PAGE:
Automating a finishing process is one of the more complicated things you can take on. When it comes to finishing the definitions tend to be more in the eye of the beholder. There is not one clear standard for finishes and in some cases the end user will confuse all manner of words. It is not uncommon for companies to say they need to polish something and when you dig a bit deeper you find they need a standard #4 type grain. To them that is polishing but to someone else it would not be. This is what complicates finishing processes the most. With bending or cutting the specs and tolerances are more clearly defined for example. The labor consumed by finishing makes it a prime candidate for automation. Being able to free up 3 to 5 people by automating finishing is common and it allows the labor to be moved to other areas of need. It is also an area that tends to have poor retention as it can be some of the dirtiest work in the facility. You can gain repeatability and more consistency as well as speed while reducing labor needed and improving retention.
Starting with core products often makes the most sense as there is long term payback on the investment. Products that are physically demanding to handle or dangerous in some cases also make good candidates. Just about any process can be automated but some are far easier than others.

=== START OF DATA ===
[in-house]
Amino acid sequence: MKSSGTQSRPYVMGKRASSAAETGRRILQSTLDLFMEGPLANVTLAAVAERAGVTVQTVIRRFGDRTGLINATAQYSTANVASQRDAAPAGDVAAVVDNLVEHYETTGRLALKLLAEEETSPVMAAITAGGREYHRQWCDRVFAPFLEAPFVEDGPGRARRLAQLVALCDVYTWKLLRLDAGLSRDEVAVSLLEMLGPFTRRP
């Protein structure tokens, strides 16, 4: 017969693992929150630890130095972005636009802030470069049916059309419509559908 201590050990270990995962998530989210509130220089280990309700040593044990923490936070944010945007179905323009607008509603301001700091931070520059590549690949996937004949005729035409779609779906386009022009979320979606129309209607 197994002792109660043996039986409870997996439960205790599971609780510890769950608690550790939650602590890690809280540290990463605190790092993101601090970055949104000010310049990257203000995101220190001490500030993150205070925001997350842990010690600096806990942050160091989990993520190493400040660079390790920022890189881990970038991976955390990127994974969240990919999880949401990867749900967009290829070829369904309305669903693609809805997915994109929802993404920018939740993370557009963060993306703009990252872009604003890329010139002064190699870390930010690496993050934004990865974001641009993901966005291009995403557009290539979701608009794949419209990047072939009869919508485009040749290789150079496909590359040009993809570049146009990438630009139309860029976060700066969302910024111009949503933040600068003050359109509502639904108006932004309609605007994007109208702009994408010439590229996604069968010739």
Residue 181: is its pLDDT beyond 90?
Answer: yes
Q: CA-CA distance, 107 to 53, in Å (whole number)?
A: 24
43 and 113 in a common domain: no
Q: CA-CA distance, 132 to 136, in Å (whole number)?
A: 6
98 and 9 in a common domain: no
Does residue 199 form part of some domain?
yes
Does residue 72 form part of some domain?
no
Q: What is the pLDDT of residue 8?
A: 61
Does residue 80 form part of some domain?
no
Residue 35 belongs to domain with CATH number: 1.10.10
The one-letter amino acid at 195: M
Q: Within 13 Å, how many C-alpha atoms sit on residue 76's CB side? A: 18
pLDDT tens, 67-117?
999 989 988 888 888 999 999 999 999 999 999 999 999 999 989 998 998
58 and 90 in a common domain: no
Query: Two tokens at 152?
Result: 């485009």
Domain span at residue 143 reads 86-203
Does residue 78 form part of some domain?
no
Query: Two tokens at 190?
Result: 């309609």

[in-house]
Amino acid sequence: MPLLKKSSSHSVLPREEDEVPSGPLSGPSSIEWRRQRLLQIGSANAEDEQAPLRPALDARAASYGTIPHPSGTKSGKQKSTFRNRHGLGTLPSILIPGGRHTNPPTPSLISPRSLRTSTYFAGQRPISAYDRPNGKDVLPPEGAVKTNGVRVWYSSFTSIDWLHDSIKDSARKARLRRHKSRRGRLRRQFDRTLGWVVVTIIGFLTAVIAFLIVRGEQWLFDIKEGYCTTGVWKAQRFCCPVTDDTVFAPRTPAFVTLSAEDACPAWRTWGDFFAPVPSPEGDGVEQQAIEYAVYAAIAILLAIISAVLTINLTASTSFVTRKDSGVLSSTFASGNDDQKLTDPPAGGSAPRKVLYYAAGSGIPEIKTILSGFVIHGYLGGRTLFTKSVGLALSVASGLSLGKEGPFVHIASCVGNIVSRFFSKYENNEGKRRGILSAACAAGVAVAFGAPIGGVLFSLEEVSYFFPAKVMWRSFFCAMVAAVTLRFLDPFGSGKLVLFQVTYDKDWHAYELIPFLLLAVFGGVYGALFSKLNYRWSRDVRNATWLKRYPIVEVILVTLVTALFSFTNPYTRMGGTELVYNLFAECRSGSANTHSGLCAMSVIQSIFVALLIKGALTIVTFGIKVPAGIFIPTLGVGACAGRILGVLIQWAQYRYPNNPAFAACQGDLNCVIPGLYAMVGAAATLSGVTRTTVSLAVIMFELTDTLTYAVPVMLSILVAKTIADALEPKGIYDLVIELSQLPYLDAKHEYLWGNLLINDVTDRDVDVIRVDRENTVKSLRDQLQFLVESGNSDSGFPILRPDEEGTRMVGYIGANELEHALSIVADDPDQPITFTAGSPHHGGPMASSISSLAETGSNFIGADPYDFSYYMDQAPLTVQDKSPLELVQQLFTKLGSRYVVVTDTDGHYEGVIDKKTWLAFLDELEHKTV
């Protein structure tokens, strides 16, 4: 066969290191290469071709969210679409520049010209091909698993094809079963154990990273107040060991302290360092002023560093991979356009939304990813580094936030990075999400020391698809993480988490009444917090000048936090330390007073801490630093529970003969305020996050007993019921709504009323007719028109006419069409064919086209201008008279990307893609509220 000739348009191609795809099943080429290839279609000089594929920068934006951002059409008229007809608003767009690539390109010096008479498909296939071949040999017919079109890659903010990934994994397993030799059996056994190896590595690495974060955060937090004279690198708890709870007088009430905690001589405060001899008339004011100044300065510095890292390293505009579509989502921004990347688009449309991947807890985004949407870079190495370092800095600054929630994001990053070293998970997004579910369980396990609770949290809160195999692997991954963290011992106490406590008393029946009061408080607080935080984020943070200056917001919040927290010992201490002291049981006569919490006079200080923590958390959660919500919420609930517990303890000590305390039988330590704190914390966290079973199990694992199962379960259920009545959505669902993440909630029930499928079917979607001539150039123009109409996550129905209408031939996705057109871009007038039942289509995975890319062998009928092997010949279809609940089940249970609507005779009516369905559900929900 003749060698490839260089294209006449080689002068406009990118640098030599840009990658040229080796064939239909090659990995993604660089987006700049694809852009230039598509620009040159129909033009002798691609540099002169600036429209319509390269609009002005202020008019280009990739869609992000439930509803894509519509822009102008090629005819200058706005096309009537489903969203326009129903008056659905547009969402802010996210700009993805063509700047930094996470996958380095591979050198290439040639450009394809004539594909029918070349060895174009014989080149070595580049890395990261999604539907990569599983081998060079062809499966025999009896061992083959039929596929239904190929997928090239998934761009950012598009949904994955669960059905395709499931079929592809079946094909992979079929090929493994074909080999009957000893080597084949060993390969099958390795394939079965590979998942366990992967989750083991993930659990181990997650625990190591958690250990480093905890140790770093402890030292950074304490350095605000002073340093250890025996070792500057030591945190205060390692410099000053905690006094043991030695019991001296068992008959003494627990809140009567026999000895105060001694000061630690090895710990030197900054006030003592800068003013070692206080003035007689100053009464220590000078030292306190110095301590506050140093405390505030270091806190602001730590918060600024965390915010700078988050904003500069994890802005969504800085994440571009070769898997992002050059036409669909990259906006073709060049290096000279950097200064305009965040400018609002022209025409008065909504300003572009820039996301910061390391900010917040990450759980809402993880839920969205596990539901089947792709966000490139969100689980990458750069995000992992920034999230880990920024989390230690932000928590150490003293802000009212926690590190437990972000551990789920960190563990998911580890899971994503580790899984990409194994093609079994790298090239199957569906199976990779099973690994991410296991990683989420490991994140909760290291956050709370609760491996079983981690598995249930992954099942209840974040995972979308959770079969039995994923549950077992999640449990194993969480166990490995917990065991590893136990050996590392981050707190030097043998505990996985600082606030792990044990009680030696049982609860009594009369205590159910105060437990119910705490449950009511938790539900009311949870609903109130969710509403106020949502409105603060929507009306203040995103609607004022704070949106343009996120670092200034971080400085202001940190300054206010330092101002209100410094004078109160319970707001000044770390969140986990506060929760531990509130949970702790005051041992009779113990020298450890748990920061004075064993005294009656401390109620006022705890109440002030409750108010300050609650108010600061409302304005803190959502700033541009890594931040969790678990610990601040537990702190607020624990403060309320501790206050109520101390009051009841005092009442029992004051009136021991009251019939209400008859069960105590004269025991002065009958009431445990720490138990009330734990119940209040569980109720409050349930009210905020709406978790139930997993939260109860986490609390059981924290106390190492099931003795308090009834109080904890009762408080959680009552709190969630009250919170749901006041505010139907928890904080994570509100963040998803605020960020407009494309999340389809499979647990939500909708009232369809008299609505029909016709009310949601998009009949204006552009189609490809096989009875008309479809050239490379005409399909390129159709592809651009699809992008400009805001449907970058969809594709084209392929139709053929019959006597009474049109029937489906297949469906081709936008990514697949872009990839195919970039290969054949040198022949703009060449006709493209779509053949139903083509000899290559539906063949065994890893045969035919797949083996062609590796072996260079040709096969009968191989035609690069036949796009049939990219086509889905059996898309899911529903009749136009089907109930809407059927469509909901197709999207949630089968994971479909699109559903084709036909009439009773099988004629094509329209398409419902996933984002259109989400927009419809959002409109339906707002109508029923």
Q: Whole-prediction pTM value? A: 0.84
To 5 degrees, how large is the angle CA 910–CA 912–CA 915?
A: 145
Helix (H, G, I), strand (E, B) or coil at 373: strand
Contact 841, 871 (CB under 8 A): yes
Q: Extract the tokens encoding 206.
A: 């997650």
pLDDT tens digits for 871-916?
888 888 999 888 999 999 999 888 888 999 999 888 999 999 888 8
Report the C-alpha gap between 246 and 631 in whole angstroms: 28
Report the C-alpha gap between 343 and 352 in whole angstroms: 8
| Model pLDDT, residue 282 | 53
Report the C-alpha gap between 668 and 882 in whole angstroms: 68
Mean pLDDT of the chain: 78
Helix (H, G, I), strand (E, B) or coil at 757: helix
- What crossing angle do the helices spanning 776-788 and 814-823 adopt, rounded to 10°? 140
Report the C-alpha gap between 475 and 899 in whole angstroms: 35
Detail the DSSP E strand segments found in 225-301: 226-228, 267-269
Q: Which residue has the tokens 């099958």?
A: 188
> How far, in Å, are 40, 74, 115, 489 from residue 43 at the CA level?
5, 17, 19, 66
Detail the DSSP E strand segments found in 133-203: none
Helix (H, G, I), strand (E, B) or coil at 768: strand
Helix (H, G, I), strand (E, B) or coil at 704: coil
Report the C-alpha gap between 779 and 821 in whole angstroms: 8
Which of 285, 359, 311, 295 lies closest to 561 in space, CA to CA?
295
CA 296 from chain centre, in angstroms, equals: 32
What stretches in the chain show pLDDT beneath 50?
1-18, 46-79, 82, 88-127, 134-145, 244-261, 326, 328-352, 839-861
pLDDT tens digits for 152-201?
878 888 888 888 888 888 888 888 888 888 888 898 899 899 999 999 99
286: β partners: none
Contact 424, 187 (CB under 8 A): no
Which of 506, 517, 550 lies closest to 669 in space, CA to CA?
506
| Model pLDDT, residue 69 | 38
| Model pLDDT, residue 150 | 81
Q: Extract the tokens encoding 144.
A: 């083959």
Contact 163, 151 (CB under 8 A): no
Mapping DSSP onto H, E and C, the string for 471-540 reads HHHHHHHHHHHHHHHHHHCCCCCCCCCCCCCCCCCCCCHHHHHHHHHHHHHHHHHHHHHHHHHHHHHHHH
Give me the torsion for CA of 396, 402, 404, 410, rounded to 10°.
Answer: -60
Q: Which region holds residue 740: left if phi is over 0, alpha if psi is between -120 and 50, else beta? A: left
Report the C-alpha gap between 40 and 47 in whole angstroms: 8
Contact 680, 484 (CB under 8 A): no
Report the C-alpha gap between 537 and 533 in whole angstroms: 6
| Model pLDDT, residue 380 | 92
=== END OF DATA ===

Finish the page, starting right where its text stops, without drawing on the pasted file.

If you are working with people hand sanding sheet metal parts a through feed machine would cut the people needed and produce parts quickly. This would be a more simple case of automation. While more simple there are some pitfalls, ease of use and the upkeep needed are points to watch. If you reduce the labor on the processing but increase the labor on upkeep you now need the more costly staff involved more offsetting the benefit. Flexibility and simple or limited upkeep are key. The equipment produced by Loewer tick these boxes.
A fabricated enclosure would be a more complicated task as you need more than one process. To grind down the welds and then blend the finish in a single machine means you need more than one tool. This could mean something as simple as a stroke sander with an articulating mount and two belts all the way to a robot with a tool changer. Large parts with a lower volume would be better served by a stroke sander where a higher volume part could be better served by a robot or CNC system.
The best place to start is to work with some one who knows finishing first and automation second. A person that knows automation first will likely not have the background knowledge needed to put a complete solution in place. Knowing the different types of abrasive tools from simple belts all the way to compound mixtures lets you have a system that is better suited for the task as well as future growth.
The take away here is to look at your core products. Look to automate them and free up labor and improve retention. You gain better product consistency and have long term pay back on a product you depend on. Automating the core products frees up resources making you more able to deal with day to day business needs.
If you have any questions on this topic please feel free to ask as I am always happy to talk. Be it a more simple task or an incredibly complicated project I am happy to help.